Print This PageEmail This Page to a Friend


Primary Sources & Lesson Plans
Document Study Sheet

Program for the Federal Theatre Project’s Sing for Your Supper, 1937

Printable PDF Version
About this Personal Artifact

Click to See

Historical Background

Discussion Questions

Level: High School and Above


Learn About Personal Artifacts:

Teacher Notes

Student Activity Sheet

More Document Study Sheets

More of this TYPE: Personal Artifacts

More of this TIME PERIOD: 1900-1949

More on these TOPICS: Arts & Recreation, Law & Politics


HISTORICAL BACKGROUND

Top of page

The New Deal of the 1930s consisted of a wide variety of legislative initiatives intended to address the many problems that both caused and resulted from the Great Depression. The New Deal’s strength was its ideological flexibility. Through the Works Progress Administration (WPA), the Federal government attempted to provide employment for artists, academics, and performers. Formed in 1935 and run by Harry Hopkins, the WPA proved to be quite creative. Its Federal Theatre Project engaged in experimental works and exposed many Americans to their first experience with live professional performances.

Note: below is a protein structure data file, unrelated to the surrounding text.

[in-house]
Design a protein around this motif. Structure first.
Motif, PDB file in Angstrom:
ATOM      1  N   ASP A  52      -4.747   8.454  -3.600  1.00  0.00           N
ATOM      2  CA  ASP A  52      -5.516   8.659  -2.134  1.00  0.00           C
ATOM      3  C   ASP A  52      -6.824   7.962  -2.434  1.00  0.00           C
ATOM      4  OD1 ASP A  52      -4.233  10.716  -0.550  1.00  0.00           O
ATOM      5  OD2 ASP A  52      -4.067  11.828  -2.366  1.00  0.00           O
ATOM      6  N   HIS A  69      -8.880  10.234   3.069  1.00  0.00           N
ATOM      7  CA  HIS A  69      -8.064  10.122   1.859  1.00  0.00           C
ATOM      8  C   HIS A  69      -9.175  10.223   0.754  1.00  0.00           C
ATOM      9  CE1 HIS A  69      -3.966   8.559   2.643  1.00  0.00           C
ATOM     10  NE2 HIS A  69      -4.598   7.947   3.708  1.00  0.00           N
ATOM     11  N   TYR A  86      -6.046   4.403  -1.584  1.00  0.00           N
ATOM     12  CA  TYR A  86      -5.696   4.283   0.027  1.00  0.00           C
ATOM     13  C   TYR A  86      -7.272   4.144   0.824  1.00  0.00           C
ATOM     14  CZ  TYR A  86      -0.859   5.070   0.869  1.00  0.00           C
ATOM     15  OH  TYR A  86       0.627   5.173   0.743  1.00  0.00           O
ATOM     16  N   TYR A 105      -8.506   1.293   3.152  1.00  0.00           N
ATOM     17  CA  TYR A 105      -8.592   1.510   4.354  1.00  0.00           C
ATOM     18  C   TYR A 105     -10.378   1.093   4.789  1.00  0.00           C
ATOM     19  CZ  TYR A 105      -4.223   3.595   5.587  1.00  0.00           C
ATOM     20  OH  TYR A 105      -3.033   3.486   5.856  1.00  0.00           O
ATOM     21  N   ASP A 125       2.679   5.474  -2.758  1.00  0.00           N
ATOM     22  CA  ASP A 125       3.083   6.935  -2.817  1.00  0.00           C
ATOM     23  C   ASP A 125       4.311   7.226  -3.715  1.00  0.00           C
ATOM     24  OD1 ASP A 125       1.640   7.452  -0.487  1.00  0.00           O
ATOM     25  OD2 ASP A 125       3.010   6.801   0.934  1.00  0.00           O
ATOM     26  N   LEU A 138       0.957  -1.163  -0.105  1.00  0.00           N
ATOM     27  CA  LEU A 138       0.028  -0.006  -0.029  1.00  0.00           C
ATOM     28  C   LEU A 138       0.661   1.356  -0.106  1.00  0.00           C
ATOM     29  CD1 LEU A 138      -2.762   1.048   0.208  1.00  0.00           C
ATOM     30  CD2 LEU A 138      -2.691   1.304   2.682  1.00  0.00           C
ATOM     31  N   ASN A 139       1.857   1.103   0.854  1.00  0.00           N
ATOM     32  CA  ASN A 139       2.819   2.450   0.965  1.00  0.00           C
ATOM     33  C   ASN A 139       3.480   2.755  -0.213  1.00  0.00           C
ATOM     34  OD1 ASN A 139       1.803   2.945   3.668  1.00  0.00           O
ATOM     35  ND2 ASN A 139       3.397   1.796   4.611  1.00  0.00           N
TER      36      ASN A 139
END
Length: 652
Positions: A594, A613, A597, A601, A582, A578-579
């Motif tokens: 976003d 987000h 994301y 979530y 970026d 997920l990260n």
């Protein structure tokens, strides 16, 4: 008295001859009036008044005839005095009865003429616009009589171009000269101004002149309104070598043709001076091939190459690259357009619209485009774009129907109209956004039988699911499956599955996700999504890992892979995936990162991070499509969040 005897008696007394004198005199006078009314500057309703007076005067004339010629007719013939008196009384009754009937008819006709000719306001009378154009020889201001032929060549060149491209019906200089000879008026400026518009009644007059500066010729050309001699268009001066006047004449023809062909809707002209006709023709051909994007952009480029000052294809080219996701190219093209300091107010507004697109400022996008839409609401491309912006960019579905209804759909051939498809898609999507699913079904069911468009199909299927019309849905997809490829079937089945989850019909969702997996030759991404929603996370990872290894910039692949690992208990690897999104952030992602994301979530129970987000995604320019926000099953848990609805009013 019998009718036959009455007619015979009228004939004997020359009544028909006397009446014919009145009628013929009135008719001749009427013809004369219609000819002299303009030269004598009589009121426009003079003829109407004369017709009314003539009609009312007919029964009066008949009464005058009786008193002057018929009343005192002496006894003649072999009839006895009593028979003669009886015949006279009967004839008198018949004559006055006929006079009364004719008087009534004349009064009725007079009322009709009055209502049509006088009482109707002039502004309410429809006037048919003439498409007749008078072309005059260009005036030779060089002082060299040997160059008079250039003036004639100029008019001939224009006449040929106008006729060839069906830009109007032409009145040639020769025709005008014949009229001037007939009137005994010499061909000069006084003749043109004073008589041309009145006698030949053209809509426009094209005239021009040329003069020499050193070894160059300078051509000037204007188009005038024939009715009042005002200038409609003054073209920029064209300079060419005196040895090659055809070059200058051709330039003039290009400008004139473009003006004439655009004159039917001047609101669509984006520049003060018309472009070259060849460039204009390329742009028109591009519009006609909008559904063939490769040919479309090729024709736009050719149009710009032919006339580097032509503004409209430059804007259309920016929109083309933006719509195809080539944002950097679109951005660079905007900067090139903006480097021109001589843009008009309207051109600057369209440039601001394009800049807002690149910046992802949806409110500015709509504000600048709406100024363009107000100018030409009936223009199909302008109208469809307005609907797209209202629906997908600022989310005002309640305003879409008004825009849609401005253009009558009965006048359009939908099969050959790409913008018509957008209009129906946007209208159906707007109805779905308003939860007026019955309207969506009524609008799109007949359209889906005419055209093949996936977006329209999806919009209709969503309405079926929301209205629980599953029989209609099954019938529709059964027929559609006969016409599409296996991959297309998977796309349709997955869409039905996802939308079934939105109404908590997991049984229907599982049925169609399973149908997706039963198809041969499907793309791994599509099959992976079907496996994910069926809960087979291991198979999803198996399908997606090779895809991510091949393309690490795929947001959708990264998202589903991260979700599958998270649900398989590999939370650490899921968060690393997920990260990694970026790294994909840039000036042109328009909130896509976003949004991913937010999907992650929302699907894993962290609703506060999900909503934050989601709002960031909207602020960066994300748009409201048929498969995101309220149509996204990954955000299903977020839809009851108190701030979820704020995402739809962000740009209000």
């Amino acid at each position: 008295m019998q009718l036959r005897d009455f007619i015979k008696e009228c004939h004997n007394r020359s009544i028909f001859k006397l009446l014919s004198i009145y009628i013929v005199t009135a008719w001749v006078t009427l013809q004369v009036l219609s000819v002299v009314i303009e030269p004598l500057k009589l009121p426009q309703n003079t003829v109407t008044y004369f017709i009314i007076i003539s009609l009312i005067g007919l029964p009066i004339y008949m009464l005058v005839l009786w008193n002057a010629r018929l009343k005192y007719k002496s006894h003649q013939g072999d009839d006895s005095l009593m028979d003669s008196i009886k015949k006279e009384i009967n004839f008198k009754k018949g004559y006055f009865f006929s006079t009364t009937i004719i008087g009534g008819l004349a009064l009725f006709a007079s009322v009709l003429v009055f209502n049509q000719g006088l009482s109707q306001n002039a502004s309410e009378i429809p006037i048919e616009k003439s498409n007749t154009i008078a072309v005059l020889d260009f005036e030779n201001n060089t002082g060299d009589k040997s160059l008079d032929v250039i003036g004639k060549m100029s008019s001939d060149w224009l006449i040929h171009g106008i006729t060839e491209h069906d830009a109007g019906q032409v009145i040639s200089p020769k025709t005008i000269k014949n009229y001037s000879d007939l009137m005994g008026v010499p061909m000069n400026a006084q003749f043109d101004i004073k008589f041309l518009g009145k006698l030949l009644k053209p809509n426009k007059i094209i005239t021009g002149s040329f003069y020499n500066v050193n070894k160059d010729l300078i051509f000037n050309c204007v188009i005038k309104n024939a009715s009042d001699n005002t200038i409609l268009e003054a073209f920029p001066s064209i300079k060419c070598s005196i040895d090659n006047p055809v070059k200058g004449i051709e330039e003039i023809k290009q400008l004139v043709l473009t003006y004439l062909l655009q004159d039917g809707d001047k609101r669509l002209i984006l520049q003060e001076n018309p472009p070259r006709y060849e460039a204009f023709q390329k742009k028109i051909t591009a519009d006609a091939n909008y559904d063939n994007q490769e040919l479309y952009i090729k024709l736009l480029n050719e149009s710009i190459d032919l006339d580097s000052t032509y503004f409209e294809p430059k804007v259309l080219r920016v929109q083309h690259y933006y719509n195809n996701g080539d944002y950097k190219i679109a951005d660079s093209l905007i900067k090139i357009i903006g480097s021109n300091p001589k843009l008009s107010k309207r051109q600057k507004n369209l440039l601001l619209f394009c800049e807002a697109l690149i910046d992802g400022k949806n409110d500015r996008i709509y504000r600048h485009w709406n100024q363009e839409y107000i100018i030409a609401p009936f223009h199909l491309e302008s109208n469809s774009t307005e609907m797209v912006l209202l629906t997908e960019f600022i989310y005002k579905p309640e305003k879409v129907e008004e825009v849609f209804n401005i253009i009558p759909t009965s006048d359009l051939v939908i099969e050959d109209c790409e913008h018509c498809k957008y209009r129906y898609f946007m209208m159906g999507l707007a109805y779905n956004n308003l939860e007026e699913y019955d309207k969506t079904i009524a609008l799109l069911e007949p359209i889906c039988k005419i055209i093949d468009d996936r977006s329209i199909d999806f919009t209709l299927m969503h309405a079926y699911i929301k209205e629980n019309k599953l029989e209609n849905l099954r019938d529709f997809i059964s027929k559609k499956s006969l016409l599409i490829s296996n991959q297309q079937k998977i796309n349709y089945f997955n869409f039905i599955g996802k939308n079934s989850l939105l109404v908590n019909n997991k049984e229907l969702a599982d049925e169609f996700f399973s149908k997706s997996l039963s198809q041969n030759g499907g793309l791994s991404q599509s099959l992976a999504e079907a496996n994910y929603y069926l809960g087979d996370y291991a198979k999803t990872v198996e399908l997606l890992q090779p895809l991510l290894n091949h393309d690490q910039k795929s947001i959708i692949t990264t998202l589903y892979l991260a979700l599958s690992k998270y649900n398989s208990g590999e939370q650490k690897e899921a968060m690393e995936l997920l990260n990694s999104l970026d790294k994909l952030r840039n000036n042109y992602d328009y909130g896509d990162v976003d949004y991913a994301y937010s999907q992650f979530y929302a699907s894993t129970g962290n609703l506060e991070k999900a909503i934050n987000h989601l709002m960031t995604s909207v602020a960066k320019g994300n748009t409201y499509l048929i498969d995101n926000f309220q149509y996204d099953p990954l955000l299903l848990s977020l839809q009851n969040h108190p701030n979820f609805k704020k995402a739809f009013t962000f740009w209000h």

As a government program, the WPA could not escape its political origins. The works created as part of the WPA were frequently scrutinized for political undertones, and funding for specific projects was affected by their content. Congress cut funding for New Deal programs generally in 1938 and 1939, and the Federal Theater Project came to an end.

The1937 musical revue identified in this program gave choreographer Anna Sokolow, as well as other dancers, singers, and composers, a creative venue.

For more on Anna Sokolow’s innovation in dance in the 1930s, go to JWA’s Women of Valor exhibit.

Printable PDF Version

DISCUSSION QUESTIONS

Top of page

1. Why is the title of this musical revue ironic?

2. Why do you think the organizers of the revue included the disclaimer located in the box on the second page of the document?

3. Look at the specific titles of the pieces that were performed. How do they reflect their historic circumstances?

4. To what extent should the government be able to censor the arts?

5. Does your answer to question 4 change if the government is funding the artist?


Printable PDF Version

 

How to Cite This Page
Jewish Women's Archive. "JWA - Personal Artifacts - Program for the Federal Theatre." <http://jwa.org/primarysources/artifacts_04.html>.